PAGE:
What does the word diphtheria mean?
A constitutional, febrile, infectious disease due to the Bacillus diphtherise( D. bacillus), and characterized by the formation of patches of exudation and infiltration upon and in the substance of mucous membranes and the tissues lining raw surfaces. The chief mucous membranes affected are those of the pharynx( Pharyngeal d., Diphtherial pharyngitis, Diphtherial tonsillitis), larynx( Laryngeal d., Diphtherial laryngitis, Membranous croup), nose, eyelids( Diphtherial conjunctivitis), and vulva. The affected parts are covered with white or grayish patches formed by a false membrane which is either superficial( croupous membrane) or in the severe cases deep and detached with difficulty( diphtheritic membrane). The underlying tissues are filled with a cellular exudate, often so voluminous as to compress the vessels and thus produce anaemia and sloughing. These effects are due to a specific poison( D. toxin), produced by the Dacillus. The action of this toxin is very intense, but mainly local. The action of the bacilli favors the development of other bacteria( streptococci, staphylococci, and pneumococci), producing soon a mixed infection leading to general sepsis( Septic d.). D. is very contagious, and tends to spread from one part of the body to another, especially attacking any raw surface. The local symptoms are those produced by the swelling and subsequent sloughing; e. g., in the pharynx, dysphagia; in thelarynx, aphonia, stridulousrespiraion, and dyspnoea; in the eye, deformity of the lids from cicatricial contraction, and opacity and suppuration of the cornea. The general symptoms are ansemia, prostration( often extreme), irregular but usually moderate fever, albuminuria, and rarely delirium. D. lasts from a few days to a week or two. It is frequently fatal, death occurring from asthenia or( in laryngeal and pharyngeal d.) from asphyxia. Recovery is slow, and sequels, especially muscular weakness or paralysis( Diphtherial paralysis), which is usually temporary in character, are frequent. Treatment of d.: injection of serum of immunized animals( D. antitoxin), especially before mixed infection has taken place; supporting measures, local antiseptics and antiphlogistics. Scarlatinal d., a disease, especially a membranous tonsiliris, occurring in scarlet fever and caused by streptococci. Animal d., a generic term for true d. produced by Bacillus diphtheriae in cats and guinea-pigs, and for affections, more or less like true d., produced in birds, rabbits, and calves by Bacillus diphtheriae avium, Bacillus diphtheriae columbarum. Bacillus diphtheriae cuniculi, and Streptotnrix cuniculi. See Bacillus and Streptothrix.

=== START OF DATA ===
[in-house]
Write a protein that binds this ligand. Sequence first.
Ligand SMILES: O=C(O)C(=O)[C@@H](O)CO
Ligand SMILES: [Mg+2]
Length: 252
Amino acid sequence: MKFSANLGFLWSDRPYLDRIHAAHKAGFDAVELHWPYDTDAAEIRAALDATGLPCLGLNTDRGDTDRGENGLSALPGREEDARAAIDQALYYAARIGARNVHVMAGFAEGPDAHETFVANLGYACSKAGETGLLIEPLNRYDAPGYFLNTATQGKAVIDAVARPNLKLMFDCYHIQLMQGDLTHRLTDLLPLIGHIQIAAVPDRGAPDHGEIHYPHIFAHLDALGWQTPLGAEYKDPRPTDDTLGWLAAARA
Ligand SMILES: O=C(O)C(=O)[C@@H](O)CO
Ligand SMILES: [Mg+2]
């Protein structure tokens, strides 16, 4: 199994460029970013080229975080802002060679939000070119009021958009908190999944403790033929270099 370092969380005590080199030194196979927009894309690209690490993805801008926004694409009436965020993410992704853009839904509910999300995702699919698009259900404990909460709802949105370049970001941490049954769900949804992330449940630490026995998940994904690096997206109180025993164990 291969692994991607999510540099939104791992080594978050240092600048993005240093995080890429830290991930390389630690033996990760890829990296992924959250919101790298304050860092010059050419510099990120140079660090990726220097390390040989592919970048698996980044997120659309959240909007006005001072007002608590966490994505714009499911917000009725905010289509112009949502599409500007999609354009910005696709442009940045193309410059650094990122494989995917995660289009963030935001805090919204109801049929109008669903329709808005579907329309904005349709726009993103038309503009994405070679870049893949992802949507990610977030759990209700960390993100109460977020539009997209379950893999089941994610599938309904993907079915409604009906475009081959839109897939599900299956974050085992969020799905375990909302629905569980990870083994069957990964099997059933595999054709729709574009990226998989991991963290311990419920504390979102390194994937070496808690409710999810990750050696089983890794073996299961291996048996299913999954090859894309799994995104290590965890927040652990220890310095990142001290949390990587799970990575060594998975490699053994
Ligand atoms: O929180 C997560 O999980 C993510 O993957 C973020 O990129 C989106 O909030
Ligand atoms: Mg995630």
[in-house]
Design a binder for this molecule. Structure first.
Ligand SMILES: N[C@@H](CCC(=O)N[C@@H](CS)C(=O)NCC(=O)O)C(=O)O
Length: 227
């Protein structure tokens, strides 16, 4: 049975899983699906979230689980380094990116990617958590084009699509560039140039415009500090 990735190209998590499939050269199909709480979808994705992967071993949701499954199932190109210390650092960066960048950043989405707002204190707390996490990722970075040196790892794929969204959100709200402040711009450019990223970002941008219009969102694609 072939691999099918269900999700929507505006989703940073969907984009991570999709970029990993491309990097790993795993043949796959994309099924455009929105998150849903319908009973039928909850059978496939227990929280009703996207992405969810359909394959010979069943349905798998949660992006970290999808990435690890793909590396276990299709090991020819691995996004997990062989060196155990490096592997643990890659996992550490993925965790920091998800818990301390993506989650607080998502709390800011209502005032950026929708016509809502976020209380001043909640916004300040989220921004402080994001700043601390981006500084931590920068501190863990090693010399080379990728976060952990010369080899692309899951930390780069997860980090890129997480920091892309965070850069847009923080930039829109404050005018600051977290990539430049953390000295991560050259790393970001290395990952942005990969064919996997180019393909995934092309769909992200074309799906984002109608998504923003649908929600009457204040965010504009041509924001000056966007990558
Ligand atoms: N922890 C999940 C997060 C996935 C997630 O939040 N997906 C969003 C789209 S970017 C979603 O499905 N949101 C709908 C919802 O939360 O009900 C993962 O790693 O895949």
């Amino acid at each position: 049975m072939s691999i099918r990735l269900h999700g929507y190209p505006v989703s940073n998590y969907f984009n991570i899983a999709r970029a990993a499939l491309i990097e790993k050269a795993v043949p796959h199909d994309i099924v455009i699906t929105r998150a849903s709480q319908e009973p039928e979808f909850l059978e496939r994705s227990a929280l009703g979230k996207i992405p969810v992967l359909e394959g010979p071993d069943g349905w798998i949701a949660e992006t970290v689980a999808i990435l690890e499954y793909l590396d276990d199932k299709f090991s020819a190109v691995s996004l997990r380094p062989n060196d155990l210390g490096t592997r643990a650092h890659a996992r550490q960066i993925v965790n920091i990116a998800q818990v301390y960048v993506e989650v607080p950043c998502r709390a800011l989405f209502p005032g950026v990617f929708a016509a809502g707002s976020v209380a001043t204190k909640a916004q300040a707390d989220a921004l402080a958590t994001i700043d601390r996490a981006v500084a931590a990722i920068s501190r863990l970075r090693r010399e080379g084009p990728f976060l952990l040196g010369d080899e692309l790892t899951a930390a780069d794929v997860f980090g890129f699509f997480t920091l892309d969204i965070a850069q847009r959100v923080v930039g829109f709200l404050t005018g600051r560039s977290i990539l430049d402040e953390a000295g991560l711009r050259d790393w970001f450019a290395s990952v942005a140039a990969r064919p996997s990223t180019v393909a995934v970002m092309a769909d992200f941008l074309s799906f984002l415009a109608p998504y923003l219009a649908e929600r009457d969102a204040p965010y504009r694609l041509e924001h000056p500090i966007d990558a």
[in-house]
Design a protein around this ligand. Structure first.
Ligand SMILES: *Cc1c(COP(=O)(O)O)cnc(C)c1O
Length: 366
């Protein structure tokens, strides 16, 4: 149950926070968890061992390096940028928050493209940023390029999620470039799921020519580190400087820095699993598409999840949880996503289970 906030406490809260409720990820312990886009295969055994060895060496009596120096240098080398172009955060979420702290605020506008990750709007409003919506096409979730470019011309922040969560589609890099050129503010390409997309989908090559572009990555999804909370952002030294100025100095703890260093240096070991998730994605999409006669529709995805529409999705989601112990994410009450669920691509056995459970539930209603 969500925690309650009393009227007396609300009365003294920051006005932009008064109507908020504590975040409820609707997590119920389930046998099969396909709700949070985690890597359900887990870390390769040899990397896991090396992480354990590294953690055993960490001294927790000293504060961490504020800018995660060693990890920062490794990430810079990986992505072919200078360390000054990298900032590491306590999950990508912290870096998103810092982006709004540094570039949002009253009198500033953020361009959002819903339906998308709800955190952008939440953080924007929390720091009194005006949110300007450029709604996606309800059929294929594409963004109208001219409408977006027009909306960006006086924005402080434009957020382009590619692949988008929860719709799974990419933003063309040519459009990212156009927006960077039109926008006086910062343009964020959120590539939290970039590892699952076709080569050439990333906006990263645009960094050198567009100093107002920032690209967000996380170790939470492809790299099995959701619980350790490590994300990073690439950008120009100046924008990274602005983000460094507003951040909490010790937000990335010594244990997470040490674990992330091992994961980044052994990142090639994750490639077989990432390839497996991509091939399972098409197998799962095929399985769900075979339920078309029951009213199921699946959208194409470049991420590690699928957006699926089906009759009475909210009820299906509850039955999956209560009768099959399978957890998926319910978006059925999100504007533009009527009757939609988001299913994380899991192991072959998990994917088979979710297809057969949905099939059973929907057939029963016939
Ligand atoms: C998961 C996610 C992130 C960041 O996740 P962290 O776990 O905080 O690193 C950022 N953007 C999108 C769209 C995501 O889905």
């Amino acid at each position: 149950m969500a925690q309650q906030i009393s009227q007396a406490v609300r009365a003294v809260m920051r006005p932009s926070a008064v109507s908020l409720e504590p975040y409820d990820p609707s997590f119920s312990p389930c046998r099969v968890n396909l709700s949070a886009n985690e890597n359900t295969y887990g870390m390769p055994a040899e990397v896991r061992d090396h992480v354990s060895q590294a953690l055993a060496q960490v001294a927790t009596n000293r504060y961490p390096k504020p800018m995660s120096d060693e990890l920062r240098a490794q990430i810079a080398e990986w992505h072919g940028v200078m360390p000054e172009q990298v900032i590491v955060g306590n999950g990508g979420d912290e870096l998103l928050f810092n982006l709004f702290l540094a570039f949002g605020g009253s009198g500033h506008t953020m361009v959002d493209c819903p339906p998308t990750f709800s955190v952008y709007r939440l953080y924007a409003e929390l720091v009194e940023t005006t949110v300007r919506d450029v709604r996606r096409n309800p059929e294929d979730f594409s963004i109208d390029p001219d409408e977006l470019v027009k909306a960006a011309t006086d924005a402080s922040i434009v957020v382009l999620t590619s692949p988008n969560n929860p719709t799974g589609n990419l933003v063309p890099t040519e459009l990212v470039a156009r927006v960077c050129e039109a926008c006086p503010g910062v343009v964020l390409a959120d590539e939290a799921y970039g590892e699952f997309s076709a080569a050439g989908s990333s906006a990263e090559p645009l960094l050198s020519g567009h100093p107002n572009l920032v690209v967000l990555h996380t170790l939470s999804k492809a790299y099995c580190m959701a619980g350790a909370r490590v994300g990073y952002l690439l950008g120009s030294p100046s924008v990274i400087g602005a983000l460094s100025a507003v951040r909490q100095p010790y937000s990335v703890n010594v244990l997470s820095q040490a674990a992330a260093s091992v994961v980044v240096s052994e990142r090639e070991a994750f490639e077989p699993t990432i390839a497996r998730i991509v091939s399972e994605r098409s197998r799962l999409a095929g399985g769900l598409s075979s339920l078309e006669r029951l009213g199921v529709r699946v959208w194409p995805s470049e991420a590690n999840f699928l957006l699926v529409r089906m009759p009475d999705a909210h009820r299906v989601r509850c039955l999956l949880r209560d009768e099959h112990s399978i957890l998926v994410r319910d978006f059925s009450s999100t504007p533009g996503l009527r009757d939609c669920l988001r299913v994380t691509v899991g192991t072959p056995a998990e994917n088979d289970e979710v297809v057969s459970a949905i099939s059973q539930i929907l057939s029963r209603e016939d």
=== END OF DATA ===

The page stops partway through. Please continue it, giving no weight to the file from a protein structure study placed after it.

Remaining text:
Usage examples for diphtheria
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